Inquiring Nuns and ’63 Boycott
Location la: Bartos Screening Room
With director Gordon Quinn in person
First ever theatrical release of the newly restored film on its 50th anniversary
Dirs. Gordon Quinn, Gerald Temaner. 1968, 66 mins. Newly restored 16mm print. Music by Philip Glass. Two young nuns crisscross Chicago, approaching strangers on the street, as well as in parking lots, the Art Institute, and churches, asking the simple question, “Are you happy?” They meet a lonely girl, a happy mother, young lovers, hippie musicians, a sociologist, and even the actor Lincoln Perry, better known as Stepin Fetchit, now on hard times. The interviewees are sometimes taken aback, nervous, or clamoring to get into view of the camera. Each interview is a complete and thoughtful piece of the person’s life, with no intercutting. The humor and sadness of these honest encounters lift the film beyond its experimental conceit into a serious and moving inquiry into contemporary society and the circumstances under which people examine their lives. A fascinating work of cinema verite by Gordon Quinn and Gerald Temaner, co-founders of Kartemquin Films, Inquiring Nuns also features the first credited film score by Philip Glass. A Kartemquin Films and Argot Pictures release.
Preceded by ’63 Boycott (Dir. Gordon Quinn. 2017, 30 mins.) On October 22, 1963, more than 200,000 students walked out of the Chicago Public Schools to protest racial segregation. Many marched through the city calling for the resignation of School Superintendent Benjamin Willis, who placed trailers, dubbed ‘Willis Wagons,’ on playgrounds and parking lots of overcrowded black schools rather than let them enroll in nearby white schools. Blending unseen archival 16mm footage of the march shot by Kartemquin founder Gordon Quinn with the participants’ reflections, ’63 Boycott connects the forgotten story of one of the largest northern civil rights demonstrations to contemporary issues around equity, education, and youth activism.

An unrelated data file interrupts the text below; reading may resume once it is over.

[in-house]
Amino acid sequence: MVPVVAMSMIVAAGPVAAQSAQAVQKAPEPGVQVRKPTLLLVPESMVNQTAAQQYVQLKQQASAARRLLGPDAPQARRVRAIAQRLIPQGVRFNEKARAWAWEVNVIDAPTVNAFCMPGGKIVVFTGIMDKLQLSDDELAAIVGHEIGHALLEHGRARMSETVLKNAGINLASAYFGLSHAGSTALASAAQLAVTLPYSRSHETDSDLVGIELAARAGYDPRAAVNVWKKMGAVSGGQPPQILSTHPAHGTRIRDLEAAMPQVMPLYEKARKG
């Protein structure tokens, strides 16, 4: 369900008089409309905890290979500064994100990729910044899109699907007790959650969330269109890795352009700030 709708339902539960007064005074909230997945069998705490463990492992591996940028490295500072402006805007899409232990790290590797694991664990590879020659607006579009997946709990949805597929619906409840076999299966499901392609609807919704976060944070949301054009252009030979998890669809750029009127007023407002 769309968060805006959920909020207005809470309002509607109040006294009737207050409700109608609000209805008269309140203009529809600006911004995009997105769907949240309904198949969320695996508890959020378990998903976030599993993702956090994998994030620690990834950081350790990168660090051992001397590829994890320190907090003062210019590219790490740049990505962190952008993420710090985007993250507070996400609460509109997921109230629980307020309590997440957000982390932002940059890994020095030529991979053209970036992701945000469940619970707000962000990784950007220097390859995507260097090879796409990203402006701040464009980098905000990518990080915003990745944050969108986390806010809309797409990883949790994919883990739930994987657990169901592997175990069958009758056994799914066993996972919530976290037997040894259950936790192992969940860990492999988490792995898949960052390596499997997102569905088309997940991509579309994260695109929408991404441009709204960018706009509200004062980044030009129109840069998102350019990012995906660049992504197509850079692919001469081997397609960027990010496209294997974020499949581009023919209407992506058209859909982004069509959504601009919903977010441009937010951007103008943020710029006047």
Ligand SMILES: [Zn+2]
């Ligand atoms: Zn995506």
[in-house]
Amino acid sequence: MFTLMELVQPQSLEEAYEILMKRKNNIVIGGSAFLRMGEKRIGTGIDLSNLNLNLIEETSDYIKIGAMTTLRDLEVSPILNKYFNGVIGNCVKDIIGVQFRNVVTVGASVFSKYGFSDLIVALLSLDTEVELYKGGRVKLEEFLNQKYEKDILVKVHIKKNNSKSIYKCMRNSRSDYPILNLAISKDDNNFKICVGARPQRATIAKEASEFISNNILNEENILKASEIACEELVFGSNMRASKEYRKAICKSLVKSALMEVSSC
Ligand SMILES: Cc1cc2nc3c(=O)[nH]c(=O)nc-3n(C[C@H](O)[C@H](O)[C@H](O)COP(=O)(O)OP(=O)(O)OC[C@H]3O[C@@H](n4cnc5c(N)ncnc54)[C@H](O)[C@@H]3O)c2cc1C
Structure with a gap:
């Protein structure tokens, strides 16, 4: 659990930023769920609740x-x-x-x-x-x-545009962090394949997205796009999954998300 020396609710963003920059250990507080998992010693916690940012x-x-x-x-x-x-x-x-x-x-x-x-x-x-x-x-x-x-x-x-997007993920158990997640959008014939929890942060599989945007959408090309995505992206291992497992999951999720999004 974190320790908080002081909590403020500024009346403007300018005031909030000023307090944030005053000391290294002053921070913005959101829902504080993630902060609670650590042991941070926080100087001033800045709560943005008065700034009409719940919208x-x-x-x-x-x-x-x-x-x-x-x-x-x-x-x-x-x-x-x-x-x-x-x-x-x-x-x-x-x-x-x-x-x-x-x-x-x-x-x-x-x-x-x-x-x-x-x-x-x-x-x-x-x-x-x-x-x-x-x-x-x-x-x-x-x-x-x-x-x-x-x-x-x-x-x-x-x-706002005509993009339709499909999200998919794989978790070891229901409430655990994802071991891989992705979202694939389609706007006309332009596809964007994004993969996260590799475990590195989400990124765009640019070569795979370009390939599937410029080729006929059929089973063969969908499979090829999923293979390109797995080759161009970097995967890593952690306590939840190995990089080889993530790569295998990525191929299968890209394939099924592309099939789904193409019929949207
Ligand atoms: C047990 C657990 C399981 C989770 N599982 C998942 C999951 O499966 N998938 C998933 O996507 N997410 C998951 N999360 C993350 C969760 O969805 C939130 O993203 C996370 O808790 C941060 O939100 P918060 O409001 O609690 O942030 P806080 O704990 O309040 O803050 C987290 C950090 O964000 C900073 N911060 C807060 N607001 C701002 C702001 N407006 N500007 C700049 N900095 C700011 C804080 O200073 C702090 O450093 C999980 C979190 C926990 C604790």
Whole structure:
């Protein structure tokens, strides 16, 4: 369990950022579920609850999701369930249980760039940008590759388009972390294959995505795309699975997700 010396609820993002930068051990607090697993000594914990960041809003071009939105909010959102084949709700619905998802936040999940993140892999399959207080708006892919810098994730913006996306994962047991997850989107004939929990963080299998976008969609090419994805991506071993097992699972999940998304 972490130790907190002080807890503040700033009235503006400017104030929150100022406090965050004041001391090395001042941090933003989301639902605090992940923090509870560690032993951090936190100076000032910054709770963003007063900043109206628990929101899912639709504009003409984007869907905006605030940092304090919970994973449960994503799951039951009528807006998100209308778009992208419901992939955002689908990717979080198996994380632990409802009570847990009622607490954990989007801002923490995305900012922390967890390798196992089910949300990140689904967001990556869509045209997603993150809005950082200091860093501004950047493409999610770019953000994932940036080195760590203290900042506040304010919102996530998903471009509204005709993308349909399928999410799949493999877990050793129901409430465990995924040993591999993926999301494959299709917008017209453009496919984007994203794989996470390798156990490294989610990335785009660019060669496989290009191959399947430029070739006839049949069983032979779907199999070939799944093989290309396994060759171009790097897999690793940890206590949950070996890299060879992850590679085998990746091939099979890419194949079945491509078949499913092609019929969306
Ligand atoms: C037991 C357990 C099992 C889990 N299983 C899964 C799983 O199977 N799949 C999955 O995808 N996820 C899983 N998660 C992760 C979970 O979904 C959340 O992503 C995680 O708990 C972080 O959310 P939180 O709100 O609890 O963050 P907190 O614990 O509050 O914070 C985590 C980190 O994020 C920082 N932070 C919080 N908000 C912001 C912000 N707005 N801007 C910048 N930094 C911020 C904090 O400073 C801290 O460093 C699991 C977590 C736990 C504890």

“Inquiring Nuns is the closest thing to a ‘pure’ documentary that I have ever seen.” — William Routt, Film Quarterly, 1968
“A lovely, weirdly potent time capsule… a single, polyphonic ode to late ’67 Chicago and what was on the mind of its collective citizenry.” — Michael Phillips, Chicago Tribune, 2016
Alongside Inquiring Nuns, the Museum will present other groundbreaking “man on the street” films from the 1960s: Jean Rouch and Edgar Morin’s Chronicle of a Summer (1961) on November 24 and Chris Marker and Pierre Lhomme’s Le Joli Mai (1963) on November 25.
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